Forbes v. Kizziah, No. 7:2018cv00108 - Document 9 (E.D. Ky. 2018)
Court Description: OPINION & ORDER: 1. The Court DENIES Forbess petition for a writ of habeas corpus pursuant to 28 U.S.C. § 2241 (DE # 1 ). 2. The Court STRIKES this matter from its active docket. 3. The Court will enter a corresponding Judgment. Signed by Judge Robert E. Wier on 12/11/18.(MJY) cc: COR, Forbes via US Mail.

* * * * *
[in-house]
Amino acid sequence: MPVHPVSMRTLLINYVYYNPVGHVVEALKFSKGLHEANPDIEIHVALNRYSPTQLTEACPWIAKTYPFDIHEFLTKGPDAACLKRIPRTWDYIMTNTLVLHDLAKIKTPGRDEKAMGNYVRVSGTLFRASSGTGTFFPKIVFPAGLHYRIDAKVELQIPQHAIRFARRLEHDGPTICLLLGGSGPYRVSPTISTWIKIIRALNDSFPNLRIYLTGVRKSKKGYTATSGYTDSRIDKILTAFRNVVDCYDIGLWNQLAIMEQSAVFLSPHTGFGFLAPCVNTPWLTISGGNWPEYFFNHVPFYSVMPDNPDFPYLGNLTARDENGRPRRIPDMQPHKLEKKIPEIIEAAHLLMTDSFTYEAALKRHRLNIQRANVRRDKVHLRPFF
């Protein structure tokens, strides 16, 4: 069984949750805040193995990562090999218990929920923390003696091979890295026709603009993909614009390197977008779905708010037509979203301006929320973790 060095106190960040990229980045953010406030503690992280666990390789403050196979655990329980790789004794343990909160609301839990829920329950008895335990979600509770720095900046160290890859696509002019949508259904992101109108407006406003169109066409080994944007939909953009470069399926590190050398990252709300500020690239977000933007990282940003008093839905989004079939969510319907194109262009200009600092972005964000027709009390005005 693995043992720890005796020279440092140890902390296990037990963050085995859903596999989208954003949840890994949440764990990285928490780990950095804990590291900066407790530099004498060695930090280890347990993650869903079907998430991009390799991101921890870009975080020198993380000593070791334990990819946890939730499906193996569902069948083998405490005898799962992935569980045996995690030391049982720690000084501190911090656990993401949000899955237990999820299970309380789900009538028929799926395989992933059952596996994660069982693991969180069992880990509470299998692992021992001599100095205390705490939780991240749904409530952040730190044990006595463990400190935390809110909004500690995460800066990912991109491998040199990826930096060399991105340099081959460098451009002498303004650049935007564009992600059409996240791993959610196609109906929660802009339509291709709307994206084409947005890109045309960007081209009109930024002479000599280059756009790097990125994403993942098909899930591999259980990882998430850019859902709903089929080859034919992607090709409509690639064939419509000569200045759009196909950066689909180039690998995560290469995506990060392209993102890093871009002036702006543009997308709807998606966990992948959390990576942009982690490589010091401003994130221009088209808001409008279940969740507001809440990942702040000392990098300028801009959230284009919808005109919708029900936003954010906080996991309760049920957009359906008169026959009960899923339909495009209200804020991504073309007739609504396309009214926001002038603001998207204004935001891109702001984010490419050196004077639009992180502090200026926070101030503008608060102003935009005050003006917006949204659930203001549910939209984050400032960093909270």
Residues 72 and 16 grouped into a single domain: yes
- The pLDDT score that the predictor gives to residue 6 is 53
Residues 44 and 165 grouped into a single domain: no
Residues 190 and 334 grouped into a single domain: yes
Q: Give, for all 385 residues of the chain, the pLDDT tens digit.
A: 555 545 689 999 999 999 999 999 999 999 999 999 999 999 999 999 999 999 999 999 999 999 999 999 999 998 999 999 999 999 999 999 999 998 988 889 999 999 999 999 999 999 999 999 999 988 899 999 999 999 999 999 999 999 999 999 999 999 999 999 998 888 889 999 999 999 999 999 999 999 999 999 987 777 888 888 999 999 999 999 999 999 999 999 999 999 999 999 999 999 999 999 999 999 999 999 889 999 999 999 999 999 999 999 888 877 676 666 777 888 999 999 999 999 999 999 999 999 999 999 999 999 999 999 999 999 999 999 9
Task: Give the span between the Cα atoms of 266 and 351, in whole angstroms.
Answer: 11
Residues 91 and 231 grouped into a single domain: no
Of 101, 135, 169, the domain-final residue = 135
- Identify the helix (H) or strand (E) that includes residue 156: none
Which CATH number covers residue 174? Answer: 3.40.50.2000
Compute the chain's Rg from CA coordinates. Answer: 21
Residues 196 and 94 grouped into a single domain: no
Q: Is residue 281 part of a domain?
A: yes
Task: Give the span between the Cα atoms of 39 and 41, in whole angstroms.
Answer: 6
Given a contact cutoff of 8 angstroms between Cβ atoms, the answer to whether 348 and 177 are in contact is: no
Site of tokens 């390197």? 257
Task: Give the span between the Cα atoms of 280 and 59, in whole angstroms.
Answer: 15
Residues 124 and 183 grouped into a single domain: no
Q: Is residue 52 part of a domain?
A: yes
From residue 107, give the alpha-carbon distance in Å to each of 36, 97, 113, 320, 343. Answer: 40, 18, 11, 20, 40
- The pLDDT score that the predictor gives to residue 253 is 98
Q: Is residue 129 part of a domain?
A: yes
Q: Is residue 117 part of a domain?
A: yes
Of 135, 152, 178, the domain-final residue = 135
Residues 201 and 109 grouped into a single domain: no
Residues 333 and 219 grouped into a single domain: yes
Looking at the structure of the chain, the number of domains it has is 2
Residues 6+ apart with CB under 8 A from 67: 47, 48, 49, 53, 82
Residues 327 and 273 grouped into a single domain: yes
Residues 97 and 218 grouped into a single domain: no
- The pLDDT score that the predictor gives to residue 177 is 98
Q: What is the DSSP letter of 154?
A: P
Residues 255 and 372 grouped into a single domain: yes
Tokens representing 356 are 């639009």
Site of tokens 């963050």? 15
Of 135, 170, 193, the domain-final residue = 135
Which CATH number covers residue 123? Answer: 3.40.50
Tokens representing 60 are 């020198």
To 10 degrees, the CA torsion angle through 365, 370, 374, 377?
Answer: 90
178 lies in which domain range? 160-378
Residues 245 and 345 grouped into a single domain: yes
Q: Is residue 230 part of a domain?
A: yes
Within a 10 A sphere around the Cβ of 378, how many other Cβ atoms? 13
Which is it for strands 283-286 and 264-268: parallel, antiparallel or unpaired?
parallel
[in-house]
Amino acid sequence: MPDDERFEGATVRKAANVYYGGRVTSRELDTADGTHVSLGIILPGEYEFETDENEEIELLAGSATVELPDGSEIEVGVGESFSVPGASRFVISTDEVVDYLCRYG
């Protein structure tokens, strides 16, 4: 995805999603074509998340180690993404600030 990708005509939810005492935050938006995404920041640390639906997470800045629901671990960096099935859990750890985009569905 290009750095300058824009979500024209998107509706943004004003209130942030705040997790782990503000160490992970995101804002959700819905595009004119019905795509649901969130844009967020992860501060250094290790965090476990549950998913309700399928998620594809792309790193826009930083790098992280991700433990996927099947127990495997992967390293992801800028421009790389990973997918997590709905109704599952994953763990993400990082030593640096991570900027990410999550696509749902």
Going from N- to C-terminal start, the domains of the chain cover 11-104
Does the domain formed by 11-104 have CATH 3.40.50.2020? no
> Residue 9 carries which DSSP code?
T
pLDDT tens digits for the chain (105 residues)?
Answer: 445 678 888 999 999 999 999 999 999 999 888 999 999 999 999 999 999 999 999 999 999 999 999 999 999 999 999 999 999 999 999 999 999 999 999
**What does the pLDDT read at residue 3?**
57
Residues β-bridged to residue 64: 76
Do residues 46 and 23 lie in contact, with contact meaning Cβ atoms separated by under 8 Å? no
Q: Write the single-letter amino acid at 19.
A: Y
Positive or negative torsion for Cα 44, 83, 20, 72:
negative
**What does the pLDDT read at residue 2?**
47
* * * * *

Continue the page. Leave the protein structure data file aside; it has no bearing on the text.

Forbes v. Kizziah Doc. 9 UNITED STATES DISTRICT COURT EASTERN DISTRICT OF KENTUCKY SOUTHERN DIVISION PIKEVILLE DENNIS A. FORBES, Petitioner, No. 7:18-CV-108-REW v. GREGORY KIZZIAH, Warden, OPINION AND ORDER Respondent. *** *** *** *** Dennis A. Forbes is an inmate at the United States Penitentiary (USP) – Big Sandy in Inez, Kentucky. Proceeding without a lawyer, Forbes filed a petition for a writ of habeas corpus pursuant to 28 U.S.C. § 2241, challenging a deportation order entered against him and a resulting immigration detainer. DE #1. Because Forbes paid the filing fee in this case (see DE #5), his petition is now before this Court on initial screening pursuant to § 2243. For the reasons that follow, the Court denies Forbes’s petition. In late 2000 and early 2001, Forbes was convicted of one count of being a felon in possession of a firearm or ammunition, one count of conspiracy to distribute and possess with the intent to distribute marijuana and 50 grams or more of cocaine base, and one count of employing a person under 18 years of age in a drug trafficking conspiracy. See United States v. Forbes, Nos. 6:99-cr-6084, 6:99-cr-6089 (W.D.N.Y. 2001). The district court sentenced Forbes to life in prison, and the United States Court of Appeals for the Second Circuit affirmed. See Forbes, No. 6:99-cr6089 at DE #160, #162. Forbes’s numerous efforts to vacate his sentence pursuant to 28 U.S.C. § 2255 and to reduce his sentence pursuant to 18 U.S.C. § 3582 were unsuccessful. See, e.g., id. at DE #203, #208, #213, #217, #227, #238, #252, #270. Dockets.Justia.com Forbes now seeks relief via § 2241. The petition does not appear to collaterally attack Forbes’s underlying convictions or sentence. Rather, Forbes reiterates arguments from a recentlyrejected successive § 2255 motion. See id. at DE #299. Specifically, Forbes challenges an Immigration Judge’s 1999 decision, which ordered him removed from the United States. DE #1 at 9. Forbes argues that he is “actually innocent” of the immigration charges levied against him more than 19 years ago, and he claims that the resulting removal order violates his constitutional rights. Id. at 9–11. He also suggests eligibility for cancellation of removal based on the Supreme Court’s recent decision in Sessions v. Dimaya, 138 S. Ct. 1204 (2018). DE #1 at 11–12. Forbes further claims that he did not actually commit a deportable offense and argues that he received ineffective assistance of counsel during immigration proceedings. Id. at 12–17. Ultimately, Forbes asks this Court to declare his deportation hearing “null and void,” remove the immigration detainer lodged against him, order his “alien registration identification card” returned, and reopen his removal proceedings. Id. at 17. Section 2241 contemplates relief if the petitioner’s current “custody [is] in violation of the Constitution or laws or treaties of the United States.” 28 U.S.C. § 2241(c)(3). Forbes is currently in the custody of the Bureau of Prisons (BOP) because he was convicted of multiple federal crimes and sentenced to life in prison, not because of his immigration case. Forbes’s petition challenges only his immigration proceedings,1 and he has not here alleged that his current custody violates the Constitution or any law of the United States. Consequently, this Court “presently lacks jurisdiction to entertain Petitioner's claims because the petitioner is in the sole custody of the BOP, 1 Forbes does not appear to allege that his immigration detainer has impacted the conditions of his confinement in any way, and, even if such a claim were present, it is outside the purview of § 2241. See, e.g., Diaz v. Tennessee Bd. of Prob. & Parole, No. 3:12-CV-00123, 2013 WL 522603, at *6 (M.D. Tenn. Feb. 11, 2013) (collecting cases). 2 not [the Bureau of Immigration and Customs Enforcement], and therefore Petitioner cannot satisfy the ‘in custody’ requirement of 28 U.S.C. § 2241(c).” Delgado v. Booker, No. 05-cv-453-JBC, 2005 WL 3234330, at *1 (E.D. Ky. Nov. 28, 2005) (citing Prieto v. Gluch, 913 F.2d 1159, 1162– 64 (6th Cir. 1990)). See also Terrazas-Sanchez v. Stine, No. 6:06-cv-434-DCR, 2006 WL 3021172, at *2 (E.D. Ky. Oct. 20, 2006) (“Here, the instant Petitioner has admitted that he is serving a criminal sentence . . . [A]s long as his detention is in service of a valid criminal sentence, his petition [raising immigration-related claims] is premature.”); Bashorun v. Booker, No. 5:05-cv234-JMH, 2005 WL 2133599, at *2 (E.D. Ky. Sept. 1, 2005) (“The law is well established that a prisoner cannot challenge an immigration detainer until he has actually passed into INS custody.”).2 Thus, the Court cannot grant the relief Forbes seeks. Accordingly, the Court ORDERS as follows: 1. The Court DENIES Forbes’s petition for a writ of habeas corpus pursuant to 28 U.S.C. § 2241 (DE #1). 2. The Court STRIKES this matter from its active docket. 3. The Court will enter a corresponding Judgment. This the 11th day of December, 2018. 2 Moreover, if or when Forbes does pass into the custody of immigration officials (which is somewhat uncertain given his current life sentence on the underlying criminal convictions), the Respondent would no longer be his custodian. 3